Tracey Moffatt Picturesque Cherbourg no. 3 from the Picturesque Cherbourg series within the Spirit Landscapes series 2013, digital print collage on handmade paper. Gift of Dr Michael and Eva Slancar through the Queensland Art Gallery | Gallery of Modern Art Foundation 2014. Donated through the Australian Government’s Cultural Gifts Program. Collection: Queensland Art Gallery

Spirited marks Tracey Moffatt's return to Australia (and a reclamation of her Queensland roots). After twelve years in New York, one of few Australian artists who have successfully made their mark internationally, with a stellar marketplace and curatorial reputation, Moffatt has returned to live in Sydney, largely because: 'I missed nature - Central Park is not nature’. She describes her Spirit Landscapes as responses ‘to places and landscapes meaningful to me’.

Yet this exhibition, which unveils new work made in Australia since her return, feels like a difficult landing. The new photographic series, all under the title of Spirit Landscapes (2013), express some of the discomfort inherent in the reconnection of old histories. They acknowledge spiritual connections, family links to Cherbourg in Queensland, and draw on her youthful and bittersweet memories of growing up in suburban Brisbane.

Moffatt’s Picturesque Cherbourg landscapes, the Night Spirits series and her Suburban Landscapes are characterised by her method of ‘getting in and out’. This sensibility is encapsulated in a small-scale video work called In & Out, which explores Moffatt’s aesthetic interest in transitions. The moving image is fixed on a doorway, pixelated and grainy like CCTV footage, and we watch (like voyeurs) as individuals come and go. These moments are imbued with the transitory nature of people, situations, locations – a contemporary memoir that speaks to the serial moments in urban life.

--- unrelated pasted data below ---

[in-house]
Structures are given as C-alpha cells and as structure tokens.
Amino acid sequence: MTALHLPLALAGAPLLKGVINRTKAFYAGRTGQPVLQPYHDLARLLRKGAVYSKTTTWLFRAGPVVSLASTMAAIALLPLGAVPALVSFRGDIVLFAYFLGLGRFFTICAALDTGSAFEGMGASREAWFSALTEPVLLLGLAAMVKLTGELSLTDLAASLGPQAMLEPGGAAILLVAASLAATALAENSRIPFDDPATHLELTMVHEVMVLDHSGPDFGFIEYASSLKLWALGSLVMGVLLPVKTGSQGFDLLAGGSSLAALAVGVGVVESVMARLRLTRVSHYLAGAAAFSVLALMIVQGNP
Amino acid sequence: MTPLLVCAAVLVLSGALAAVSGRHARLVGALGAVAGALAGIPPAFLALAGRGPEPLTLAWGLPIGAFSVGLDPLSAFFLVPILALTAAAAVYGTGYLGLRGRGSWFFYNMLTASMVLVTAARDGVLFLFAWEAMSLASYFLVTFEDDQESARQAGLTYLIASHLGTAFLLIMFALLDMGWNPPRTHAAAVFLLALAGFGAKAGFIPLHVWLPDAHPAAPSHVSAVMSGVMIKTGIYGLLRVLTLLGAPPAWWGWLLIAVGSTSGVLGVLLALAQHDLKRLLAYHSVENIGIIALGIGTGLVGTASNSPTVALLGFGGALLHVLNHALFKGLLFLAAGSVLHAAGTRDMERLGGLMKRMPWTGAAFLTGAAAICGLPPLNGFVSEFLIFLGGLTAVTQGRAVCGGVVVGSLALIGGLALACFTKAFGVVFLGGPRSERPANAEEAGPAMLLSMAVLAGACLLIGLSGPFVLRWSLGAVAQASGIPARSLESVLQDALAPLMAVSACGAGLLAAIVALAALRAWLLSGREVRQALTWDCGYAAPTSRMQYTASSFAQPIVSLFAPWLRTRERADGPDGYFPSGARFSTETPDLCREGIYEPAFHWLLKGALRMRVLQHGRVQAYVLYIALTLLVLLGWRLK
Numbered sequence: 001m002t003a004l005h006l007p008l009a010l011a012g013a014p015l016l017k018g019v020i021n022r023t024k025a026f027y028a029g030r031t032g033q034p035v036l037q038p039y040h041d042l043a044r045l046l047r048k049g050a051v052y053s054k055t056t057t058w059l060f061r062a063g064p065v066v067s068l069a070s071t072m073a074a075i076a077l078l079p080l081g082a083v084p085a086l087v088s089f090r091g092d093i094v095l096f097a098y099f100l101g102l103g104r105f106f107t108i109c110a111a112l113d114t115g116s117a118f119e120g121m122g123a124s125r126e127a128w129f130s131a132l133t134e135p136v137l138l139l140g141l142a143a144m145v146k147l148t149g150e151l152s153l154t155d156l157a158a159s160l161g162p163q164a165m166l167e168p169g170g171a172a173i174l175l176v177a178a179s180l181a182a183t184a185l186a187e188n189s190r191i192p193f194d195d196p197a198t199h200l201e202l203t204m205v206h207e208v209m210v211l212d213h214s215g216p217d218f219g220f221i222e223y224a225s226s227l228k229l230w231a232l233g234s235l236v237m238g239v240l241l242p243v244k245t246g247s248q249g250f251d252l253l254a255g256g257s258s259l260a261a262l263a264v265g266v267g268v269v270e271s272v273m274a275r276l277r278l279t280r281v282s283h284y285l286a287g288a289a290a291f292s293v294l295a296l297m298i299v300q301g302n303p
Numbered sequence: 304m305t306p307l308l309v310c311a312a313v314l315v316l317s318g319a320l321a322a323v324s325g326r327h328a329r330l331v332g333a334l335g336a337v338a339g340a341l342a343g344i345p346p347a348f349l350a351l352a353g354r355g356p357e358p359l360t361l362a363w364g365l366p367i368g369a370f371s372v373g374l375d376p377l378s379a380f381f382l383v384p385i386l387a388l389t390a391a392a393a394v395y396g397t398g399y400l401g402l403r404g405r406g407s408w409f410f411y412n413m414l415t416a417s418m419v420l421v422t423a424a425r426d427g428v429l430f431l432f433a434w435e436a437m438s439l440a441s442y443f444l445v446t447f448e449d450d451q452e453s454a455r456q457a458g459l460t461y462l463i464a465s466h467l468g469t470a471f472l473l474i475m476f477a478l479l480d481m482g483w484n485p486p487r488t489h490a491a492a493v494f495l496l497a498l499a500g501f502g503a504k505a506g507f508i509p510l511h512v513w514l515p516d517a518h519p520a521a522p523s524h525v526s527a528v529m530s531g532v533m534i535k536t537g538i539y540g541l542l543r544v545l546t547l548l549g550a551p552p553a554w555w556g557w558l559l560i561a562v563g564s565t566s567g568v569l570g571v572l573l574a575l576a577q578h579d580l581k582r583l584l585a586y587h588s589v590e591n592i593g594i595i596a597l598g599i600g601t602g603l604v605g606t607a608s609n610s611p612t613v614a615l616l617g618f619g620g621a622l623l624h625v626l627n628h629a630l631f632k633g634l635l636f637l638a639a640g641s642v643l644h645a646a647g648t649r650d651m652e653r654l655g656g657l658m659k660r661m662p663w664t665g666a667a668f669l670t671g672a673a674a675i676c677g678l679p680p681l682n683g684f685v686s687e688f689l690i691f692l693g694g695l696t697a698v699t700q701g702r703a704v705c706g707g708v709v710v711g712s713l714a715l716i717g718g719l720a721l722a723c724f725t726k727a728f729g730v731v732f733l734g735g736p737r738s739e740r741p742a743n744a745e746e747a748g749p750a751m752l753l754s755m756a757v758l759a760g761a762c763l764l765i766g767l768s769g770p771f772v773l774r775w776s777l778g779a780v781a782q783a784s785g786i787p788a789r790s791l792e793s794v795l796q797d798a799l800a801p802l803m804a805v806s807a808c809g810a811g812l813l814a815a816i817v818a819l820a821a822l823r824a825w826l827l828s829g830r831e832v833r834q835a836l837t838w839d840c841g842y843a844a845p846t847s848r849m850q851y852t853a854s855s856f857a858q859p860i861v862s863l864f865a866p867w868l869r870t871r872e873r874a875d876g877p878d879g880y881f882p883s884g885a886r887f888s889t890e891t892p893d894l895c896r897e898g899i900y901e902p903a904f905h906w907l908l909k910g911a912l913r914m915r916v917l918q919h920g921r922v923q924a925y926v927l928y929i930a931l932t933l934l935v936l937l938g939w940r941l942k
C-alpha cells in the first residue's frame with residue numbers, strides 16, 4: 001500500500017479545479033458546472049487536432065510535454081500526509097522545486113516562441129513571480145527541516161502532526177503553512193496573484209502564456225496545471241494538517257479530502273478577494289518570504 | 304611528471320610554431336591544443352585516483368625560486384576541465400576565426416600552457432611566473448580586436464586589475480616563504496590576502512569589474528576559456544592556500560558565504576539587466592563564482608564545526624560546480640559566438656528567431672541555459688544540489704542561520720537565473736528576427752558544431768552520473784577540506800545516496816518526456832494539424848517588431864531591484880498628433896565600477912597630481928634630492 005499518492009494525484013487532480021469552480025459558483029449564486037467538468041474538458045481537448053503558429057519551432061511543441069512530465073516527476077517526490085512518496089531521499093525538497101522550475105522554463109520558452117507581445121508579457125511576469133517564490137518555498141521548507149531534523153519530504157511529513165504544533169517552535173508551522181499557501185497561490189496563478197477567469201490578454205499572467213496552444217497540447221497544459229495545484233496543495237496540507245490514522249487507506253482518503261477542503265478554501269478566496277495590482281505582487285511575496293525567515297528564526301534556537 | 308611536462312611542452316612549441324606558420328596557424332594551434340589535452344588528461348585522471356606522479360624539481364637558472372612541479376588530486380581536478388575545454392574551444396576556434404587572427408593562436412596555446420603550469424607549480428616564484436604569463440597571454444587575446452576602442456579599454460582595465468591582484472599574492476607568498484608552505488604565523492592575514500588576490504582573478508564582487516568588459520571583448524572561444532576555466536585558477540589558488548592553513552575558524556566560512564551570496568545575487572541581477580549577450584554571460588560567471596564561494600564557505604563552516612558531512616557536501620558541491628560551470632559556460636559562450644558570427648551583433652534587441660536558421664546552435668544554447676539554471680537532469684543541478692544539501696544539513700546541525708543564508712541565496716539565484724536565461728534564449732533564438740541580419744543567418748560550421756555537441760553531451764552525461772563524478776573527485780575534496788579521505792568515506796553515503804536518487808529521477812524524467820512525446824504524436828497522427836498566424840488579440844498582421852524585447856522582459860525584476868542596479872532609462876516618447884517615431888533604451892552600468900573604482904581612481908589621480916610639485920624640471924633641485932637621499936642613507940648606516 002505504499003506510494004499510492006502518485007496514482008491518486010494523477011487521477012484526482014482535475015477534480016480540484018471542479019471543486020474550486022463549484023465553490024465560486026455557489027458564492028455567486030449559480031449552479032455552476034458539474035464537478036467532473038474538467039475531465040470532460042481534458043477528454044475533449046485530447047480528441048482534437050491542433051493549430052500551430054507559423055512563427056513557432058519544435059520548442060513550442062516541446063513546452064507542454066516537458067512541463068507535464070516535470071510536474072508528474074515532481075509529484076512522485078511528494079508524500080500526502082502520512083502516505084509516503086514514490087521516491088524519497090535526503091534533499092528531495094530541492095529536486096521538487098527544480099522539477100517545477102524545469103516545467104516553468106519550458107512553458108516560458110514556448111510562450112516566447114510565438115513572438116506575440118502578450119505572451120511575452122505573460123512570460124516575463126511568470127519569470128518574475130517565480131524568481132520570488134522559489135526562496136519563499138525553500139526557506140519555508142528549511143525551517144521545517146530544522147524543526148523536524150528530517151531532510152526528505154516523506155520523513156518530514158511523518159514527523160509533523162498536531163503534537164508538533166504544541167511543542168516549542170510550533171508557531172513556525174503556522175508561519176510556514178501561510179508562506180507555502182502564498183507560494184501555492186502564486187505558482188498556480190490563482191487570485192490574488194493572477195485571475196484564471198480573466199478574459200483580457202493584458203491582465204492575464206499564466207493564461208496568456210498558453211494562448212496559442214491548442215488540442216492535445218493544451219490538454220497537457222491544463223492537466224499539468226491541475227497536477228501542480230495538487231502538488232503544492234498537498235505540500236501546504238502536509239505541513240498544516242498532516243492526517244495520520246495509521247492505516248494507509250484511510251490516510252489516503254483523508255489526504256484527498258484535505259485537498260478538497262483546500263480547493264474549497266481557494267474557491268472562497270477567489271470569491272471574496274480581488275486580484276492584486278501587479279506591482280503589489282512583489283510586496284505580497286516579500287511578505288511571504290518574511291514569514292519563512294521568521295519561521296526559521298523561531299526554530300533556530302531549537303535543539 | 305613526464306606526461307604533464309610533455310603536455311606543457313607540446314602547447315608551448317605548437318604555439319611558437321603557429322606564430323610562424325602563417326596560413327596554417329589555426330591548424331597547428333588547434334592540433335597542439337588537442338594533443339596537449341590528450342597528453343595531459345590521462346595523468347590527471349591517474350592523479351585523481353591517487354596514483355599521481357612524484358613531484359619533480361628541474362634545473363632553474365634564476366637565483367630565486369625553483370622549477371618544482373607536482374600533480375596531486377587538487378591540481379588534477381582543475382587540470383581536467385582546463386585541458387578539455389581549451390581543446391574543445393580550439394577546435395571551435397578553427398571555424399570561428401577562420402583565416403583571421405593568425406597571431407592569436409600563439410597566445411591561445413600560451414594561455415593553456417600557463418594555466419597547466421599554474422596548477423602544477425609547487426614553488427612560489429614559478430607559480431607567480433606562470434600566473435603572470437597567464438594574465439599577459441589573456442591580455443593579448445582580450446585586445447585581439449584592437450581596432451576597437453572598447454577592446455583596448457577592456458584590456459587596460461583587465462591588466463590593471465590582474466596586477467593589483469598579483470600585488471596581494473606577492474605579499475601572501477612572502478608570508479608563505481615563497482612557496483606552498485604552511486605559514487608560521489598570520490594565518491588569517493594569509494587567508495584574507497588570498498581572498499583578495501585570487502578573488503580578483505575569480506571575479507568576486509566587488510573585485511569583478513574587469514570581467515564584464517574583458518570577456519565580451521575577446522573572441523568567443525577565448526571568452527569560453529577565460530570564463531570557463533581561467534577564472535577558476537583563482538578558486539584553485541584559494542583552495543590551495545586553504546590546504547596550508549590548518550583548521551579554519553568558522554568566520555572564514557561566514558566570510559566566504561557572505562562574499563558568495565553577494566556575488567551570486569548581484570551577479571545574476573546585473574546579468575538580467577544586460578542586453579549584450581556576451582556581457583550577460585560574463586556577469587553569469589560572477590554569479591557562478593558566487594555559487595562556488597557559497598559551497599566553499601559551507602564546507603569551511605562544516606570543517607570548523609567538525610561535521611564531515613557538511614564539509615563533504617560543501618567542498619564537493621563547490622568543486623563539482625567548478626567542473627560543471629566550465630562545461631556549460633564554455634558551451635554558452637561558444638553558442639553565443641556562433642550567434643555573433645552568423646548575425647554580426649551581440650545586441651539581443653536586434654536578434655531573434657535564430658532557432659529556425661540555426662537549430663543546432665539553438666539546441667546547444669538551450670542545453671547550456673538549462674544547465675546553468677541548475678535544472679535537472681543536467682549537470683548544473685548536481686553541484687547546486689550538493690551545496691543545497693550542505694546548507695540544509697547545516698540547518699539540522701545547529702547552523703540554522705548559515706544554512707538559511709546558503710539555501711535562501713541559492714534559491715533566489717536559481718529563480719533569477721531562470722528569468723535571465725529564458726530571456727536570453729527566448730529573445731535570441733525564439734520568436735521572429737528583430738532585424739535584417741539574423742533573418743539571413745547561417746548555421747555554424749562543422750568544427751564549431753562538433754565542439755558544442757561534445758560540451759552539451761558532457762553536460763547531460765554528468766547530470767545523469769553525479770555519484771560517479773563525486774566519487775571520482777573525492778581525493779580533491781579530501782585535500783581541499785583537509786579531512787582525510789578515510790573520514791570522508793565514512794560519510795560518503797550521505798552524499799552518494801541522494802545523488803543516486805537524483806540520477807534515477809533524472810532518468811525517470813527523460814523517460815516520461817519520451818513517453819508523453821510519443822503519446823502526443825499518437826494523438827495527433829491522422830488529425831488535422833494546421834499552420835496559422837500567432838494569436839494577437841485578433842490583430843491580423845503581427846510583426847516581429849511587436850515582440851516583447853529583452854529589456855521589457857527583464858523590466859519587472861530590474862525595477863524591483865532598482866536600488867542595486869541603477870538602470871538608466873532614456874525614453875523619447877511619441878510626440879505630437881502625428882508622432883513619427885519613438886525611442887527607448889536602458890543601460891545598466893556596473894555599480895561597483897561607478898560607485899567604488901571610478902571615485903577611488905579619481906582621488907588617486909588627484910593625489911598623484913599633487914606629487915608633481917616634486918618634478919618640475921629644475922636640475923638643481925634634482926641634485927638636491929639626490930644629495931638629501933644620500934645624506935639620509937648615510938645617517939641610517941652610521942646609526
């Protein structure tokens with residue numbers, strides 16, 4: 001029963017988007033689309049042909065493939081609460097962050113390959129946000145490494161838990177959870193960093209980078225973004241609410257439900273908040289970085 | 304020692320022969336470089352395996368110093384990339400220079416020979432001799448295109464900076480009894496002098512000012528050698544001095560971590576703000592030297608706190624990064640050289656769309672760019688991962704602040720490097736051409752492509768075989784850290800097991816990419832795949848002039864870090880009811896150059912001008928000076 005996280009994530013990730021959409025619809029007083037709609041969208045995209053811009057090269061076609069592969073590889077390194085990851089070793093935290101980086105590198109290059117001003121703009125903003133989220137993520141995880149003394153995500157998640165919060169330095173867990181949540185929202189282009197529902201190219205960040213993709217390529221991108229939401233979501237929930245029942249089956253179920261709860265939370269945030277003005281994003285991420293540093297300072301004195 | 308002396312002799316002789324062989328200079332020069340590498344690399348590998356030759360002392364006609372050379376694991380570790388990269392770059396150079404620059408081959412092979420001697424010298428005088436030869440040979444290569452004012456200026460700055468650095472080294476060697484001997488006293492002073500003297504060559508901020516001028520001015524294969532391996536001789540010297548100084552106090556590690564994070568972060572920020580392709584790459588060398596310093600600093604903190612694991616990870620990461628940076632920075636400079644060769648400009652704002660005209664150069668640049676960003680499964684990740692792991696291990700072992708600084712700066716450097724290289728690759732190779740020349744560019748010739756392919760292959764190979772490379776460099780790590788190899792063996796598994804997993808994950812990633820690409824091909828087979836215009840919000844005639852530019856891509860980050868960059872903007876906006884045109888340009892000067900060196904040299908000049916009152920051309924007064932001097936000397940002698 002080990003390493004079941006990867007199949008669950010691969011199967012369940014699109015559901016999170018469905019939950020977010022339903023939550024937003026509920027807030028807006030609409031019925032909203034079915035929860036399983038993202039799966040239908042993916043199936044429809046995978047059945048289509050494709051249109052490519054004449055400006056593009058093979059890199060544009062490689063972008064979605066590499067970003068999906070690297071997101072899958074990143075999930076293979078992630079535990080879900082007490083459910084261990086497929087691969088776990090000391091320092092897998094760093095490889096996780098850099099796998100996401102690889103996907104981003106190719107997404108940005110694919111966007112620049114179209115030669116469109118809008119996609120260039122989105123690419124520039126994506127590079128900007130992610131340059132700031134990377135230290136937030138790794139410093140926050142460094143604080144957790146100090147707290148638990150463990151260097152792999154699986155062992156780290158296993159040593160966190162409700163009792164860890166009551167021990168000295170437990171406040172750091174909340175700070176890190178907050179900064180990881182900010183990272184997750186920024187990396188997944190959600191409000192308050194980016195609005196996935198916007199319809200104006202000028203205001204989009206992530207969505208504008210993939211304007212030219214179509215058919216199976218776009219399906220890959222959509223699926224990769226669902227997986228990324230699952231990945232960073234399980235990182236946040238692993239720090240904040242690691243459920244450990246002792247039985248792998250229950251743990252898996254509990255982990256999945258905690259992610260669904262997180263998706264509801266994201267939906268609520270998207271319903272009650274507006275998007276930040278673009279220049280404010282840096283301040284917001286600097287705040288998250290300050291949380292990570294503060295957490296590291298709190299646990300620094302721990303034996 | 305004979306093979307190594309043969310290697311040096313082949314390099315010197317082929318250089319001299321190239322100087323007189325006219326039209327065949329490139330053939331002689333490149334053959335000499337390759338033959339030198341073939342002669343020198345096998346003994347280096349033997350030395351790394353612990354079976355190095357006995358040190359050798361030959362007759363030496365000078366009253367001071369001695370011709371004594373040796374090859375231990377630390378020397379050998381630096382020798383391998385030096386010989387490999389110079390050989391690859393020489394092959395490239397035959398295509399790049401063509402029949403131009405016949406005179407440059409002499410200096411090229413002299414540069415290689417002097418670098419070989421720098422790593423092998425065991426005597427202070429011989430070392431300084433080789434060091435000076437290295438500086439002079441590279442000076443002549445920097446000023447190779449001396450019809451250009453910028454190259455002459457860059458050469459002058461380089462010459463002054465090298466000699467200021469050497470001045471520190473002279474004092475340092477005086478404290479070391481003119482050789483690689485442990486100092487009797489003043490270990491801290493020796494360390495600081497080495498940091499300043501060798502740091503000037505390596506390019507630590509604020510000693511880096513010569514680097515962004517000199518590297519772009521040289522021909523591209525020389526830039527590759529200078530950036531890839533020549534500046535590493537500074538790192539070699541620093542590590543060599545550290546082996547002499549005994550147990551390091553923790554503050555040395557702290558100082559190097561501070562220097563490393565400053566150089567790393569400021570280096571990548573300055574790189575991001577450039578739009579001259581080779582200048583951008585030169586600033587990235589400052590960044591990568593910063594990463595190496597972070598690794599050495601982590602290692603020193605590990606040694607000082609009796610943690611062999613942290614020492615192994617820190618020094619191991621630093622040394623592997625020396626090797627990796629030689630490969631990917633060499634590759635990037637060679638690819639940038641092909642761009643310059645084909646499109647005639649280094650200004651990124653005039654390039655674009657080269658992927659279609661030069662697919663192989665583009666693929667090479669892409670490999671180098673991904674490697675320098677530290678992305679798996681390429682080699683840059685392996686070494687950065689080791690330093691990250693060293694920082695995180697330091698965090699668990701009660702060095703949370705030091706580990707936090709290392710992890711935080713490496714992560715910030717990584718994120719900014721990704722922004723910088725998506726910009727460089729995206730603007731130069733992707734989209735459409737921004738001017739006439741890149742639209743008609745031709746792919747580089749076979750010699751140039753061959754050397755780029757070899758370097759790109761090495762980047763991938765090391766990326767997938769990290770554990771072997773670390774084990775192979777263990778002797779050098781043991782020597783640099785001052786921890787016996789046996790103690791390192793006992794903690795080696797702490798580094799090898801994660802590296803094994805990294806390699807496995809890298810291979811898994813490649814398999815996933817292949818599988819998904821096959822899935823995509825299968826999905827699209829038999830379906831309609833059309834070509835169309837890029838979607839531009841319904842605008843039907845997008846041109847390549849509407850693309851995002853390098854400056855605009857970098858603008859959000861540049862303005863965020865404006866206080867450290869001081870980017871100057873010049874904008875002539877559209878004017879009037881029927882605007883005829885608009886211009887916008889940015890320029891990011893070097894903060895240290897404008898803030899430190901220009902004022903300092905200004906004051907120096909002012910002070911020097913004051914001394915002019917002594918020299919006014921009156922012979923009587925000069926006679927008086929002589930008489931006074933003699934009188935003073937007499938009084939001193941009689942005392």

Spirited explores the skittish nature of reconnection. Interspersed in the hang are thirteen works Moffatt has chosen from the Queensland Art Gallery/Gallery of Modern Art collection, many of which, like William Robinson’s Dark Tide, Bogangar(1994), conjure the spiritual connections others have to place and look over the shoulder of Moffatt’s Spirit Landscapes.

The most significant departure from Moffatt’s previous work is Art Calls, a spoofy series of interviews featuring ‘TV Tracey’. Against the background of a full moon and drifts of smoke, Tracey looks and sounds like an enthusiastic medium or seer (on steroids). Made for the exhibition but also pitched as a pilot for a TV series, Art Calls narrates everything you ever wanted to know (possibly more) about a range of ‘creative’ celebrities, all ‘channelled’ via Skype to their homes and studios. It is playful, tongue-in-cheek, often gushy (on TV Tracey’s part). Yet, its most execrable moments (her ‘Quick Call’ segment to Abdul Abdullah, in which she suggests that ‘all the girls are mad for you’) are more than made up for in the insights shared with the likes of designer Jenny Kee and architect John Mainwaring, both under-exposed yet visionary talents.

This exhibition is a lively summation of Moffatt’s recent work and approach, with its associated elements of memoir, dislocation and rebellion. The QAG|GOMA collection works make valuable and pertinent aesthetic and conceptual connections, with the pairing of South Korean Yoo Seung-Ho’s traditional ink paintings with Moffatt’s spooky Night Spirits a particularly strong example. The images portray a directed excavation and re-inscription of memories, which in their patent discomfort make for a powerful exhibition.